Time invested in researching your major donors well, ensures that you are only presenting the best project to the right funder at the right time, which gives you the greatest chance of a positive result and raising more funds to continue your work.
Remember: Research, Research, Research!
Author: Karleen Gwinner
I worked with a client recently to help them develop a grant application for a lifesaving project. This organisation has a transformative purpose, a clearly articulated approach to its work, and a specialised niche. The grant application was made that much simpler because the organisation had brought together their targeted messaging in one document — a key messages document.
In this one document were simple and inspiring messages that were easy to relate to and understand. These were outlined in short and long form, prioritised and backed up with statements and evidence of their value. While there was still room for improvement, the document was useful as a foundation for refining the project description and thus, fostering greater understanding of the project and how it aligned with the organisations purpose.
The benefits of a key messages document
Here at Strategic Grants we know that the corner stone to successful grant seeking is communication. It is the foundation of achieving your mission and building your relationships with internal project leaders and funders alike. The benefit of a key messages document is that it focuses and simplifies your organisation’s values and successes so that they have impact. A key messages document details the key goals, outcomes and organisational information, to help staff anchor the core ideas, values and messaging in grant proposals.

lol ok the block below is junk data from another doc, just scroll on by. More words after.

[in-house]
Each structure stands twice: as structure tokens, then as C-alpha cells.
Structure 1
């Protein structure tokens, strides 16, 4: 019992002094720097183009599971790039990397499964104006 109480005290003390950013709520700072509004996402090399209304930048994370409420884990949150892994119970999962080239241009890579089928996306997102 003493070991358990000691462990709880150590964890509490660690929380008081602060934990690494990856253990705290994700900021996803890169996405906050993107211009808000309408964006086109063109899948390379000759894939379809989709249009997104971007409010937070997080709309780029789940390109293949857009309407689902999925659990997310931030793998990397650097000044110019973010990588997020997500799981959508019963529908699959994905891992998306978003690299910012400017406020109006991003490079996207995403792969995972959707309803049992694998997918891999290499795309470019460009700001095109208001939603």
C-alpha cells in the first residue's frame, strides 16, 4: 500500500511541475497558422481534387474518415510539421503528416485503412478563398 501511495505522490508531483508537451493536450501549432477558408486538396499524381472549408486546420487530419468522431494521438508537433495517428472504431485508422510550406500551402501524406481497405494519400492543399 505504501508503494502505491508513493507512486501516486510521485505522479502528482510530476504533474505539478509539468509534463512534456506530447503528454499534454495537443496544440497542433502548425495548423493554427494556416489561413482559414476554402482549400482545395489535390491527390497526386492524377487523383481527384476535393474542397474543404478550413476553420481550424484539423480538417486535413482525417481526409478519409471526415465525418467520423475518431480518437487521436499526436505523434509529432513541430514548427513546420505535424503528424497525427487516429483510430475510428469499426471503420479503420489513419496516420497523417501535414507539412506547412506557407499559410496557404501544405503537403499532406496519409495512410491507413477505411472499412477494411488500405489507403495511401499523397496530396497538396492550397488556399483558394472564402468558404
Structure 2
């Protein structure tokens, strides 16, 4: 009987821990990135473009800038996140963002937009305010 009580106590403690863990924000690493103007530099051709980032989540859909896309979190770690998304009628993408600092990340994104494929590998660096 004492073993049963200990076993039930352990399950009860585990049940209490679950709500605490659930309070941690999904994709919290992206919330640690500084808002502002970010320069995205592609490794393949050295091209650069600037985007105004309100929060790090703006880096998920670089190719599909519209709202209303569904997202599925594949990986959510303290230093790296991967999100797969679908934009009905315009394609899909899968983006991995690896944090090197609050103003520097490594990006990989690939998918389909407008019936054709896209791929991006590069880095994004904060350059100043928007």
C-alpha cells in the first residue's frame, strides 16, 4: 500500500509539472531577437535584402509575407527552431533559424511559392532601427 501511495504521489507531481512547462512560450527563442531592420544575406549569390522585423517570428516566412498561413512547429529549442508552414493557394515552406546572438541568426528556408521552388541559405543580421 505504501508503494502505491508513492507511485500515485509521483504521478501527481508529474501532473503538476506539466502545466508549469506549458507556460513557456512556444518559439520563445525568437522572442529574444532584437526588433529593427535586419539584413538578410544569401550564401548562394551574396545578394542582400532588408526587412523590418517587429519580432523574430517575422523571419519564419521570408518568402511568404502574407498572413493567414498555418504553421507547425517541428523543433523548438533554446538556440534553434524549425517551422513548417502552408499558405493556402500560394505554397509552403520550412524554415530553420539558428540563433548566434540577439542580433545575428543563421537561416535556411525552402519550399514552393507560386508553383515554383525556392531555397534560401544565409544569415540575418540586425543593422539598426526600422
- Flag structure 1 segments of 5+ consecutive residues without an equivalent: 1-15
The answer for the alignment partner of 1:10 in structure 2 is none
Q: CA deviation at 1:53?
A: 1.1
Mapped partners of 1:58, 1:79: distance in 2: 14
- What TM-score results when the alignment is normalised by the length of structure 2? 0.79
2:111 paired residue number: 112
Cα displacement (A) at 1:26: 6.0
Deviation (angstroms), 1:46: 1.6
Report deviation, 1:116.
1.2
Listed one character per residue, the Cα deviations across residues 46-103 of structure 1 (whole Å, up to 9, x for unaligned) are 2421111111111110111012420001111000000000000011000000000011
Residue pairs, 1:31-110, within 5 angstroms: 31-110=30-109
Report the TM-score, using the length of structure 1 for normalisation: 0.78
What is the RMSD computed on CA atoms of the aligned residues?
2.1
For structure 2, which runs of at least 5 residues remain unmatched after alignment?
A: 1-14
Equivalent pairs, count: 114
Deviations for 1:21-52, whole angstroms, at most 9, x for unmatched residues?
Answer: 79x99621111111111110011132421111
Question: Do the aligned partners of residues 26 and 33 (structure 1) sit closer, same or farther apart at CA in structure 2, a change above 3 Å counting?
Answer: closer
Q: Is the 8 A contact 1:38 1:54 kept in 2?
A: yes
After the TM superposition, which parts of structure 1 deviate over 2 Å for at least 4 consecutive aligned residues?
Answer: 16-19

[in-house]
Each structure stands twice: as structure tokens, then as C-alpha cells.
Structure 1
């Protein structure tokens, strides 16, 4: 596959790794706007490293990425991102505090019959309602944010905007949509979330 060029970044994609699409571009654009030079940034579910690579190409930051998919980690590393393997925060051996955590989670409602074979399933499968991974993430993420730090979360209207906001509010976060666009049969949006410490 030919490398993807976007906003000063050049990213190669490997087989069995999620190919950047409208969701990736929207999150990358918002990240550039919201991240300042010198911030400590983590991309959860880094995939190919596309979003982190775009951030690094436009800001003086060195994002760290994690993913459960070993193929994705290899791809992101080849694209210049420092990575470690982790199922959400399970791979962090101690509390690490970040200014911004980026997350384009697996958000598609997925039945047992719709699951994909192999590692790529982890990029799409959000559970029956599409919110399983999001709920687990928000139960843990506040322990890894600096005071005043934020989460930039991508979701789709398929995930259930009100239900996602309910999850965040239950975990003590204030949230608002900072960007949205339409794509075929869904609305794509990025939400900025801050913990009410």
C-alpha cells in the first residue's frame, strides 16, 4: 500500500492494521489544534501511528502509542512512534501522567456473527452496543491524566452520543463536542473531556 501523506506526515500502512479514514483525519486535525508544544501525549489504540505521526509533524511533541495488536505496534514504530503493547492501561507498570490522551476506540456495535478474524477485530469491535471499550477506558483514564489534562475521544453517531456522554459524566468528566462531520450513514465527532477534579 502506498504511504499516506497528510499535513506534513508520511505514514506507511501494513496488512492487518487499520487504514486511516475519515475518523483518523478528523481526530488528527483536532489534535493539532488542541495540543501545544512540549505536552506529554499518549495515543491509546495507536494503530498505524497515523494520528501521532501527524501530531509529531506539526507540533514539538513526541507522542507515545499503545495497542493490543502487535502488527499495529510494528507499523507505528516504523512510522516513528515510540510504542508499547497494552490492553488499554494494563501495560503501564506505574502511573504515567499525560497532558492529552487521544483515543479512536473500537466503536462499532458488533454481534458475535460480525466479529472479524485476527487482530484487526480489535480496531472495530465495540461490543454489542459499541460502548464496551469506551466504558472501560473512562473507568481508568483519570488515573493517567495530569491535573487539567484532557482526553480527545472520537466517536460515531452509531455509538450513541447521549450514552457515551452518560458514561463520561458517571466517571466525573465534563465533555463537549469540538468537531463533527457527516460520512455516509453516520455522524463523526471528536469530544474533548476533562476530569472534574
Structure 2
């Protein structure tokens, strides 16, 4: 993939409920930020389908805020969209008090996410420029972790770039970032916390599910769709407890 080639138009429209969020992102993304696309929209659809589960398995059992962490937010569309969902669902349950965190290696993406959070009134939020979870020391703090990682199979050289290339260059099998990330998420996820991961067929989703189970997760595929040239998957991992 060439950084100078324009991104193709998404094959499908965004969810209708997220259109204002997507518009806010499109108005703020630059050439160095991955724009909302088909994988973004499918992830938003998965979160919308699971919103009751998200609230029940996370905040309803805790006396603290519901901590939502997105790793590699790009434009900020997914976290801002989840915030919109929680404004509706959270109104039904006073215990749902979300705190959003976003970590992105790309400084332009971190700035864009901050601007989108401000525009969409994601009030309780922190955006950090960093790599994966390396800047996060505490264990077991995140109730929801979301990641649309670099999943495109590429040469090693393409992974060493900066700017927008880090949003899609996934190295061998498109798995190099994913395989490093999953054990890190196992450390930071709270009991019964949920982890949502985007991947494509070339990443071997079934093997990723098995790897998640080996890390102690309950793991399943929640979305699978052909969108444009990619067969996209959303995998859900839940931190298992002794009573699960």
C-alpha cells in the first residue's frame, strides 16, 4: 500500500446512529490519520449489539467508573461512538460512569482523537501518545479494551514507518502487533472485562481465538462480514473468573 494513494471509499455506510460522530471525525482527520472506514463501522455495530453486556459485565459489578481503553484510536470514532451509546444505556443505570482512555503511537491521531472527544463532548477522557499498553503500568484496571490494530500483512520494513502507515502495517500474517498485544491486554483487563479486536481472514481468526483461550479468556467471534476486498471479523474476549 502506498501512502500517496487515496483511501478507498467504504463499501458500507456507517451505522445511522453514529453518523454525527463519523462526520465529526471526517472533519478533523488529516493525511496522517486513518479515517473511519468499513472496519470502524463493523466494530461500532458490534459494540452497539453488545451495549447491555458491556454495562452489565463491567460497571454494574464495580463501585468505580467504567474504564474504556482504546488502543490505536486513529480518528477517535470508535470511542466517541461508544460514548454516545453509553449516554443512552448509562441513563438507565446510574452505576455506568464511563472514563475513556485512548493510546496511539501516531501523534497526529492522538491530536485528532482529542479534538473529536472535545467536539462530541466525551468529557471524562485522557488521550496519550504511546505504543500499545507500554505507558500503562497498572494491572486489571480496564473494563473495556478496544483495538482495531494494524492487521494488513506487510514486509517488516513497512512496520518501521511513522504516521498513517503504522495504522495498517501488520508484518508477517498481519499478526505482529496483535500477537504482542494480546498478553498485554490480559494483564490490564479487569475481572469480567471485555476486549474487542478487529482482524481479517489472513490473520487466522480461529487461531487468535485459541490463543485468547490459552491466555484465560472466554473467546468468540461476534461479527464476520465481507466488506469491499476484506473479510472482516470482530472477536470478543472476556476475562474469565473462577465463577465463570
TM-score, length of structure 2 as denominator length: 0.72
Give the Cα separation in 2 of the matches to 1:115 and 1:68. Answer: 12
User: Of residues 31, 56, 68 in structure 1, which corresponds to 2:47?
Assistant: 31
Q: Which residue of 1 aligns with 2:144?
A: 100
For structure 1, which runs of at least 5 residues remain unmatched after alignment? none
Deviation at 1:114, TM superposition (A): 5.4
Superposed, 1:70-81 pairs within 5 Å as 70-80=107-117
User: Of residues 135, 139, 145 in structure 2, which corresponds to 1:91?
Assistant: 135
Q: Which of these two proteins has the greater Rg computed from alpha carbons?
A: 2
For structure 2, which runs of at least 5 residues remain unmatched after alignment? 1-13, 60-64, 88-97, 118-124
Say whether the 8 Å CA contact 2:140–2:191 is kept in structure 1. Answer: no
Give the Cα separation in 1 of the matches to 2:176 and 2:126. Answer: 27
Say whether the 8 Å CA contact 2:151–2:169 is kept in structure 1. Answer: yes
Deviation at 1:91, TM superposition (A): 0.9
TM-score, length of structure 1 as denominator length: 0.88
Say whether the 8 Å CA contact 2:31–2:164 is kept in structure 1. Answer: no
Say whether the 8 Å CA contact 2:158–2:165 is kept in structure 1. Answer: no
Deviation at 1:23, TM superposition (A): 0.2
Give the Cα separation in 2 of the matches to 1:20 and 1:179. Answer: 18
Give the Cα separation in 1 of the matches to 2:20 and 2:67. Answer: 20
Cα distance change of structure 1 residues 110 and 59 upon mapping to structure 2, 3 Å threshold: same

The anatomy of a key messages document
CLAIMS + FACTS + EXAMPLES are three essential elements for powerful messages. With that in mind, here are four Ps and one A to ponder when putting together a key messages document:
Purpose – Outline your purpose. What is your organisation’s unique value proposition and benefits?
Pitch – Concisely describe the core idea that will help you gain traction with funders. What do you do? What makes it unique?
Persuasion – Identify what is actually likely to motivate and even excite funders. Be clear, concise, and honest.
Presentation - Key messages ensure consistency, continuity and accuracy about your organisation and help staff to link day-to-day efforts to the organisation’s mission and purpose. Package your content so that it is accessible for staff across your organisation and easy to use.
Adapt - Key messages are not static. Over time, routinely revisit the living document to ensure it still meets your needs and the messages reflect current trends, research and issues your organisation is addressing.
Share your key messages
Key messages need to be shared across your organisation so that everyone is singing from the same song sheet. Having clear, consistent messaging in your grant responses (and, in fact, right across your organisation) is fund-a-mental.
Ensure you get your point across by creating your key messages well before you start writing grant proposals.
Looking for more help in creating your own key messages document? Have a listen to A GEM of a Podcast episode 3, or get in contact with us and take advantage of our team’s expertise in creating clear, powerful messages that inspire people to take action.